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Trump lawyer Michael Cohen drops lawsuits against BuzzFeed, Fusion GPS over Steele dossier

Cohen has denied parts of the dossier, a 35-page document compiled by former British intelligence agent Christopher Steele
Image: Michael Cohen
Michael Cohen, President Trump's personal lawyer, leaving federal court in Manhattan on Thursday.Lucas Jackson / Reuters

Michael Cohen, the embattled lawyer for President Donald Trump, has dropped a pair of lawsuits against BuzzFeed and the research firm Fusion GPS over the preparation and publication of a dossier that contained lurid allegations about the president.

Cohen has denied parts of the dossier, a 35-page document compiled by former British intelligence agent Christopher Steele, in which he is mentioned, particularly details about his wife and her father and claims that Cohen had traveled to Prague. Buzzfeed published the dossier in January 2017.

Cohen's travel has been of particular interest, as the Steele dossier alleges Cohen met with Russian officials in a country in the European Union — which was later reported to have been the Czech Republic. Cohen has denied the meeting ever took place and offered his passport as proof he has never been to Prague.

A recent report from McClatchy said that Robert Mueller, the special counsel investigating alleged Russian interference in the 2016 U.S. election, has found evidence that Cohen did travel to Prague.

Cohen filed the Buzzfeed lawsuit in January in New York, claiming that the "entirely and totally false" allegations in the dossier had damaged his reputation.

In a court document filed Wednesday, Cohen's lawyer, David Schwartz, served notice that the lawsuit against BuzzFeed and four of its employees had been dropped.

Cohen also dropped his lawsuit against Fusion GPS, the research firm that contracted Steele to assemble the dossier, according to various news reports.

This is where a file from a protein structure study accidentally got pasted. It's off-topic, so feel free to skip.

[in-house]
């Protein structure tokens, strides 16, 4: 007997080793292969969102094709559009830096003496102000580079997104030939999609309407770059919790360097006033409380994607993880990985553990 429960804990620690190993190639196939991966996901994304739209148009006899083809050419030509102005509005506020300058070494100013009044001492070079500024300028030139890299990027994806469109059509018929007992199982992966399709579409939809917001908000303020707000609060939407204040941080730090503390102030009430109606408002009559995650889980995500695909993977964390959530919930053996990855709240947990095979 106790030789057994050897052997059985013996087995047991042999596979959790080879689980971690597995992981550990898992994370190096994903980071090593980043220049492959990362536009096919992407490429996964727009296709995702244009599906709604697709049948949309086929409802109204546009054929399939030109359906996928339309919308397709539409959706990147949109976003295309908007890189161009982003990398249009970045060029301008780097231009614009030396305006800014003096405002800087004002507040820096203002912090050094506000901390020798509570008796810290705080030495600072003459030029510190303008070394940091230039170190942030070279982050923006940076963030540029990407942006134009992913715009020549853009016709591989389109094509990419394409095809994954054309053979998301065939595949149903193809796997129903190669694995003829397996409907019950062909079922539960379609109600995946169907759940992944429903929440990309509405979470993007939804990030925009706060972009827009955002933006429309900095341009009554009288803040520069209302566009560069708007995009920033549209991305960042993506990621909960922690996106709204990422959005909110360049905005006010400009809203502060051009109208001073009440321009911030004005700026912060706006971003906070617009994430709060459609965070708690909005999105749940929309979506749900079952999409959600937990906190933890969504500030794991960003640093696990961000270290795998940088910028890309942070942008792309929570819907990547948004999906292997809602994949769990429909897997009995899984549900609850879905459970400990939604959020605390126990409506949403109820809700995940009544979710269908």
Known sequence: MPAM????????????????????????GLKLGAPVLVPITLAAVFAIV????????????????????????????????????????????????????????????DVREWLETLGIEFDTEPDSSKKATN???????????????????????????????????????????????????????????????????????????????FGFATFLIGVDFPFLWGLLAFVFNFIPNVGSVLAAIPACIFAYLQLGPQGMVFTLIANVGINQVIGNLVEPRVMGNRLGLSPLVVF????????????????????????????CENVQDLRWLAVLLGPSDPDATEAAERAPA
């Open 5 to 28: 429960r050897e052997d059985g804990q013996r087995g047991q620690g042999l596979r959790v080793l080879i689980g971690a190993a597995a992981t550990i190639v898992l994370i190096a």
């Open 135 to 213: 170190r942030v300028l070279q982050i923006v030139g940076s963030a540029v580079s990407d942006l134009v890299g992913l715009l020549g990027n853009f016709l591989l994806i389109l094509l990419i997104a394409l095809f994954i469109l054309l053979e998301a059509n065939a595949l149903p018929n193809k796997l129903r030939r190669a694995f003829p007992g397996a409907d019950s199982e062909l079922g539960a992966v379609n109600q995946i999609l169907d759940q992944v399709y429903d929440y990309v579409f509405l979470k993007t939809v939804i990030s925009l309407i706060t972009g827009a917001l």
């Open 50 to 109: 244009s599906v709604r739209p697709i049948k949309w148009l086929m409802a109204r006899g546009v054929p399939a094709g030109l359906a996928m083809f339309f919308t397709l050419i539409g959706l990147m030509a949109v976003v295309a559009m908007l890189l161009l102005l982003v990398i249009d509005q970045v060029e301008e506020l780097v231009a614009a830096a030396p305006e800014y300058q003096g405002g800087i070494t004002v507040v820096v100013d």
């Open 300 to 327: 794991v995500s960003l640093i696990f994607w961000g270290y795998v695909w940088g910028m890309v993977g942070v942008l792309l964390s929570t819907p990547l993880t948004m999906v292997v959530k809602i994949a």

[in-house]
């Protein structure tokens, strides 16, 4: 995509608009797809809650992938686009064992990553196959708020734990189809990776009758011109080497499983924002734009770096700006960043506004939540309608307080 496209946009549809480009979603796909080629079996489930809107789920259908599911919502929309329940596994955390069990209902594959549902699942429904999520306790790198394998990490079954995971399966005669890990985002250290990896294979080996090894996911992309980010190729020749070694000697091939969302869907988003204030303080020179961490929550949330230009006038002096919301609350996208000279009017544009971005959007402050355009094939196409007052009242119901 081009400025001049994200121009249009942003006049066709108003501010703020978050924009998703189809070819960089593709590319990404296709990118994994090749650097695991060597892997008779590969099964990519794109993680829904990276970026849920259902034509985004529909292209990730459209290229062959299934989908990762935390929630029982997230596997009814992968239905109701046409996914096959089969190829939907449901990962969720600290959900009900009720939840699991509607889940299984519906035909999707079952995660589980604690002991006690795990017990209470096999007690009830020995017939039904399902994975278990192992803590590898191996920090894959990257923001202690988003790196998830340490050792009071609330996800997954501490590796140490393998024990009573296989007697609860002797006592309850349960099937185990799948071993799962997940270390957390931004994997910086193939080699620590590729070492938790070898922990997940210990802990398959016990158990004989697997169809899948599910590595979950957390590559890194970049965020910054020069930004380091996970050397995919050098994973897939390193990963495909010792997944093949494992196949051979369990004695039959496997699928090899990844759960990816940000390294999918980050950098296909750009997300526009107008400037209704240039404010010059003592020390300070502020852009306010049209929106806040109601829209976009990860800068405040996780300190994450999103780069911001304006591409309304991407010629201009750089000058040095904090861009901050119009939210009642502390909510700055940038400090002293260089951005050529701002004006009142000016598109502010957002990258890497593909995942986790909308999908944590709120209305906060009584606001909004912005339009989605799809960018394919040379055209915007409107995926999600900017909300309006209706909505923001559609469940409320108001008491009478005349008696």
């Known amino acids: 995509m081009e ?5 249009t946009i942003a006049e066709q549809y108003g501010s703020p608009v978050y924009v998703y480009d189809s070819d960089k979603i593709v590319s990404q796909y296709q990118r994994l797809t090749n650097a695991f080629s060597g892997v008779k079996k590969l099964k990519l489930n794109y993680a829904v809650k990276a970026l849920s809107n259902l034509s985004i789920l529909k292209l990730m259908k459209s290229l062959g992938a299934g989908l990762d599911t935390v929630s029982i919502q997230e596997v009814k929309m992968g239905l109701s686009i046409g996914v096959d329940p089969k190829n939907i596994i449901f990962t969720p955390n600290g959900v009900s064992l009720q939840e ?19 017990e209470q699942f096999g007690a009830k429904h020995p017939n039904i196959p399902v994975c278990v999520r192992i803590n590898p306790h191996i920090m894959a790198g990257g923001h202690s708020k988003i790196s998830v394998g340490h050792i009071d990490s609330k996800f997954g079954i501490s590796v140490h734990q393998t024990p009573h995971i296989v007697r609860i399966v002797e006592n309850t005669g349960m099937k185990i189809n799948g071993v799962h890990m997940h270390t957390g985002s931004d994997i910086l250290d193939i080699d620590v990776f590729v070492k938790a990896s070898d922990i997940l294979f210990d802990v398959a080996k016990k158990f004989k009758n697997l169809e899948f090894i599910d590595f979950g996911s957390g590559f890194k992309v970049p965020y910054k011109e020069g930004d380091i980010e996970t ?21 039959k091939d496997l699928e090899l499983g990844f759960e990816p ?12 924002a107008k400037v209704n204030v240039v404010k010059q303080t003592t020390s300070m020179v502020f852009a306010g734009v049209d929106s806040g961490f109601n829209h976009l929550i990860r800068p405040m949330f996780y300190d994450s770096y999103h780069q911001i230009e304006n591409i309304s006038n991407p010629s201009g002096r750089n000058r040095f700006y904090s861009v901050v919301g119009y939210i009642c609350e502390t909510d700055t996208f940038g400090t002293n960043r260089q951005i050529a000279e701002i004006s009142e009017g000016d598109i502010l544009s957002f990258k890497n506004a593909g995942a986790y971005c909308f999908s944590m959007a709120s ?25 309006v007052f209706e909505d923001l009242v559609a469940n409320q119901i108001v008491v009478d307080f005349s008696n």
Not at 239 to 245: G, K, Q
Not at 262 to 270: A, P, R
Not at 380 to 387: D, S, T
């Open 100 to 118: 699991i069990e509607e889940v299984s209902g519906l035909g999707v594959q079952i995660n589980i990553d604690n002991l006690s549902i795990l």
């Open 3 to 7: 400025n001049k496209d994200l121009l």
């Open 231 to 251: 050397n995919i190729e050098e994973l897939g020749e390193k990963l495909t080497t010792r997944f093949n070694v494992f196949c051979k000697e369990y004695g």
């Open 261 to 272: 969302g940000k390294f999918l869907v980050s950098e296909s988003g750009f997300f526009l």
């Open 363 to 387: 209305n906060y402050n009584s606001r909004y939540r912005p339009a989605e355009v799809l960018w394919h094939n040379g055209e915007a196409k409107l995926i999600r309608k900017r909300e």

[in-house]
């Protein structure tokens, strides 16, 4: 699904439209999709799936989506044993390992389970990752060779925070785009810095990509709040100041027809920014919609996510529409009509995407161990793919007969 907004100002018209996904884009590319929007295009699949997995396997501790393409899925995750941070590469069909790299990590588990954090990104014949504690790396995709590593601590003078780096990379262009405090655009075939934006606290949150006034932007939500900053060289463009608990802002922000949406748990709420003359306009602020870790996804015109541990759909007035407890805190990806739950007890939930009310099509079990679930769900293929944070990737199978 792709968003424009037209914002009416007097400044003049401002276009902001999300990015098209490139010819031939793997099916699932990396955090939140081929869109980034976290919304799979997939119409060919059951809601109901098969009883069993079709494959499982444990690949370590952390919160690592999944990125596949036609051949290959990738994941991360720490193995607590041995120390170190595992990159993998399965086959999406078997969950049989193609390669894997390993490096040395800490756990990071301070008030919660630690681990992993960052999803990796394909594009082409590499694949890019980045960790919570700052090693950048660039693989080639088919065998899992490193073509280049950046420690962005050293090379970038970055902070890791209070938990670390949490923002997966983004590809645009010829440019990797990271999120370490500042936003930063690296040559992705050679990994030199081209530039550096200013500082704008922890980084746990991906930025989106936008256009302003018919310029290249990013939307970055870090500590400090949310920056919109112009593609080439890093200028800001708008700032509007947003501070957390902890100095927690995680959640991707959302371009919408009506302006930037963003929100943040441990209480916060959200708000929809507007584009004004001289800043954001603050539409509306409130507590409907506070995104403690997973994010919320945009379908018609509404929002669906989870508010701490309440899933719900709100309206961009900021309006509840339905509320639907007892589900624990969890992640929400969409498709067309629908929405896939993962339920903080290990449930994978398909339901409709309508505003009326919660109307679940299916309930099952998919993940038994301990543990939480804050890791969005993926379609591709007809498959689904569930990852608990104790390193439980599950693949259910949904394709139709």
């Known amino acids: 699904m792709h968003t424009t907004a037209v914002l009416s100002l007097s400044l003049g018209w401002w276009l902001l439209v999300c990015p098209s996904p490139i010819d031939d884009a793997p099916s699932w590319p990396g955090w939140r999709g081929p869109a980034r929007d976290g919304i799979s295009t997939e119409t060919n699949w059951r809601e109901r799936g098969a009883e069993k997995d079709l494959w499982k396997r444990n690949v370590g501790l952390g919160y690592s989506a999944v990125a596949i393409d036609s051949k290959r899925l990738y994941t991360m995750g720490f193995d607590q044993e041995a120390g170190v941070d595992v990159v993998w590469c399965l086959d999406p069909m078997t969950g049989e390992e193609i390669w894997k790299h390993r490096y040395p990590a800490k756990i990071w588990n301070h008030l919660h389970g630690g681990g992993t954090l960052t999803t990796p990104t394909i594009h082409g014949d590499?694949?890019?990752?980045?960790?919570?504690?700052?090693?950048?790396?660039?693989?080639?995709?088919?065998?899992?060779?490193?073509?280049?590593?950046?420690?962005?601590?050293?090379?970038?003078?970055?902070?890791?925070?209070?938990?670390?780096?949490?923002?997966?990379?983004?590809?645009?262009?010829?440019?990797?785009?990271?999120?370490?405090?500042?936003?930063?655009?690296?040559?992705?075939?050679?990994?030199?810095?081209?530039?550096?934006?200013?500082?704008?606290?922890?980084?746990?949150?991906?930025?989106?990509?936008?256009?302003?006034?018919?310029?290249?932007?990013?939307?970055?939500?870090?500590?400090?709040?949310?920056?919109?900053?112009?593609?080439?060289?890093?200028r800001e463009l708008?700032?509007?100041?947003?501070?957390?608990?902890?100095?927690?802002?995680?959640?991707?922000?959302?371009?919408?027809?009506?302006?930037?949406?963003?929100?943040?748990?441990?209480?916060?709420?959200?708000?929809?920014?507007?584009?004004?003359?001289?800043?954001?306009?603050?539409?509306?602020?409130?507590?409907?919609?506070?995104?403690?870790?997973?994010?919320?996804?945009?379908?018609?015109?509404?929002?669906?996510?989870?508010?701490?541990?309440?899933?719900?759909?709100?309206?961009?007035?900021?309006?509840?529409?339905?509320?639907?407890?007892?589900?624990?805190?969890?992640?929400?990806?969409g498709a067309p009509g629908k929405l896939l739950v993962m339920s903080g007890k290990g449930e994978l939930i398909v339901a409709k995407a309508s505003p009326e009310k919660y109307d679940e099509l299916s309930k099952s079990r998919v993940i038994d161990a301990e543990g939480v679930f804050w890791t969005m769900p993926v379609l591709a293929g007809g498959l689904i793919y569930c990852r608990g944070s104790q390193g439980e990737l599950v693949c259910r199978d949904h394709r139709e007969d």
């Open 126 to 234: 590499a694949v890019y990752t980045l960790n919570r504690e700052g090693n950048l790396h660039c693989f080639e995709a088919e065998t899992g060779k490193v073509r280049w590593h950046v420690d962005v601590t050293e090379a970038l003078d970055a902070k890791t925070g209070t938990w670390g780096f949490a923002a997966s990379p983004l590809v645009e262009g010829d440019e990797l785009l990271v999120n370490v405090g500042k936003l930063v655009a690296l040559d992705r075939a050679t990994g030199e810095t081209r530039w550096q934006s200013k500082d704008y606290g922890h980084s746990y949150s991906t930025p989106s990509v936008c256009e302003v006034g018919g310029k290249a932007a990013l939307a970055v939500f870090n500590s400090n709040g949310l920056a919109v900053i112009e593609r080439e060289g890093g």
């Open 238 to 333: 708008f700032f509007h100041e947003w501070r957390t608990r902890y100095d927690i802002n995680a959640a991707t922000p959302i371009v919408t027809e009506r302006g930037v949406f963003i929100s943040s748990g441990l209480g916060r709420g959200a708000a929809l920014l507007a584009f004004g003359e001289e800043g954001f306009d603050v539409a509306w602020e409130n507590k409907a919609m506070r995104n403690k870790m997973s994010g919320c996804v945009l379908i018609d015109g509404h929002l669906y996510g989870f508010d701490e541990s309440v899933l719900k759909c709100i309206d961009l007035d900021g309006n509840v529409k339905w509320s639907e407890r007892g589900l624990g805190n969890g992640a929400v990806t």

Matt Mittenthal, director of communications for BuzzFeed News, said in a statement that the lawsuit never had merit.

"The lawsuits against BuzzFeed over the Steele dossier have never been about the merits of our decision to publish it," Mittenthal wrote.

In a statement, Fusion GPS said, "We welcome, though are not surprised, that Michael Cohen opted to withdraw this meritless complaint rather than face a discovery process that would have forced him to defend his reputation and address the allegations of the Steele dossier under penalty of perjury. With his decision, it appears that Mr. Cohen can now focus on his many other legal travails."

Cohen did not immediately return a request for comment.

BuzzFeed also faces a lawsuit from owners of a Russian bank over the dossier.

BuzzFeed published the dossier in January 2017 and noted at the time that the allegations in the document had not bee substantiated. Still, the publication of the dossier stirred controversy and helped ignite speculation on Trump's connections to Russia.

The dossier has been a hot topic among conservative pundits who have claimed that it is illegitimate and fueled Mueller's investigation.

Ben Smith, the editor-in-chief of BuzzFeed News, wrote a New York Times op-ed a year after publishing the dossier in which he defended his decision to make the document public.

"Without the dossier, Americans would have found it difficult to understand the actions of their elected representatives and government officials," he wrote.

Cohen is currently dealing with other legal issues. The FBI raided his office and hotel room last week in search of information about Cohen's $130,000 payment to adult film star Stormy Daniels, which she has claimed was in return for her silence about an alleged affair with Trump.